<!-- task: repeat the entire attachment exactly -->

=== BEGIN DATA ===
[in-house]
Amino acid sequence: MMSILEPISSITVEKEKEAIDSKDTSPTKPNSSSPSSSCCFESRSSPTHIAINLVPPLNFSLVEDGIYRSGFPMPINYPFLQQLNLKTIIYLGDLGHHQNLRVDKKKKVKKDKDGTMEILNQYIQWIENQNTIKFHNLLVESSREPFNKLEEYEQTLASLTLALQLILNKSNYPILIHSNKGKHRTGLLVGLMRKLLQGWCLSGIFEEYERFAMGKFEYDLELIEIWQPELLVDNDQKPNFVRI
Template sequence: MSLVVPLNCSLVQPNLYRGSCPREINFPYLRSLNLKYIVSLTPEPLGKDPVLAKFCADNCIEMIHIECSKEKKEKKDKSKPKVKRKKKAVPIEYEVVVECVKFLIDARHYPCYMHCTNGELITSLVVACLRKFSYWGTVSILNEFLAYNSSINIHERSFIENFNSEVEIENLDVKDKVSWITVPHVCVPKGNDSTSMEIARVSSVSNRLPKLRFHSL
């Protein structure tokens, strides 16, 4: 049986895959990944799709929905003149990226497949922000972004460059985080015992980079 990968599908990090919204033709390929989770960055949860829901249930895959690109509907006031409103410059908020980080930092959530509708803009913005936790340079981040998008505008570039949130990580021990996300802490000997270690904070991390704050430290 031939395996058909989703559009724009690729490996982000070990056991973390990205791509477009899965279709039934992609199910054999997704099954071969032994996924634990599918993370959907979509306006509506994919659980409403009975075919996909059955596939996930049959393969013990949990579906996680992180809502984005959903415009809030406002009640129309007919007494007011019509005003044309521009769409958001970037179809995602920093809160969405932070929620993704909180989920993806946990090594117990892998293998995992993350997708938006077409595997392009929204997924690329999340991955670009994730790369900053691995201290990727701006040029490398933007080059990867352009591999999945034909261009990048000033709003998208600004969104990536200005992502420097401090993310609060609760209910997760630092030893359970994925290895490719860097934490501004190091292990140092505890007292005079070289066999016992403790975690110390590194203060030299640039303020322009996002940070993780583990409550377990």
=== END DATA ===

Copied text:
[in-house]
Amino acid sequence: MMSILEPISSITVEKEKEAIDSKDTSPTKPNSSSPSSSCCFESRSSPTHIAINLVPPLNFSLVEDGIYRSGFPMPINYPFLQQLNLKTIIYLGDLGHHQNLRVDKKKKVKKDKDGTMEILNQYIQWIENQNTIKFHNLLVESSREPFNKLEEYEQTLASLTLALQLILNKSNYPILIHSNKGKHRTGLLVGLMRKLLQGWCLSGIFEEYERFAMGKFEYDLELIEIWQPELLVDNDQKPNFVRI
Template sequence: MSLVVPLNCSLVQPNLYRGSCPREINFPYLRSLNLKYIVSLTPEPLGKDPVLAKFCADNCIEMIHIECSKEKKEKKDKSKPKVKRKKKAVPIEYEVVVECVKFLIDARHYPCYMHCTNGELITSLVVACLRKFSYWGTVSILNEFLAYNSSINIHERSFIENFNSEVEIENLDVKDKVSWITVPHVCVPKGNDSTSMEIARVSSVSNRLPKLRFHSL
């Protein structure tokens, strides 16, 4: 049986895959990944799709929905003149990226497949922000972004460059985080015992980079 990968599908990090919204033709390929989770960055949860829901249930895959690109509907006031409103410059908020980080930092959530509708803009913005936790340079981040998008505008570039949130990580021990996300802490000997270690904070991390704050430290 031939395996058909989703559009724009690729490996982000070990056991973390990205791509477009899965279709039934992609199910054999997704099954071969032994996924634990599918993370959907979509306006509506994919659980409403009975075919996909059955596939996930049959393969013990949990579906996680992180809502984005959903415009809030406002009640129309007919007494007011019509005003044309521009769409958001970037179809995602920093809160969405932070929620993704909180989920993806946990090594117990892998293998995992993350997708938006077409595997392009929204997924690329999340991955670009994730790369900053691995201290990727701006040029490398933007080059990867352009591999999945034909261009990048000033709003998208600004969104990536200005992502420097401090993310609060609760209910997760630092030893359970994925290895490719860097934490501004190091292990140092505890007292005079070289066999016992403790975690110390590194203060030299640039303020322009996002940070993780583990409550377990």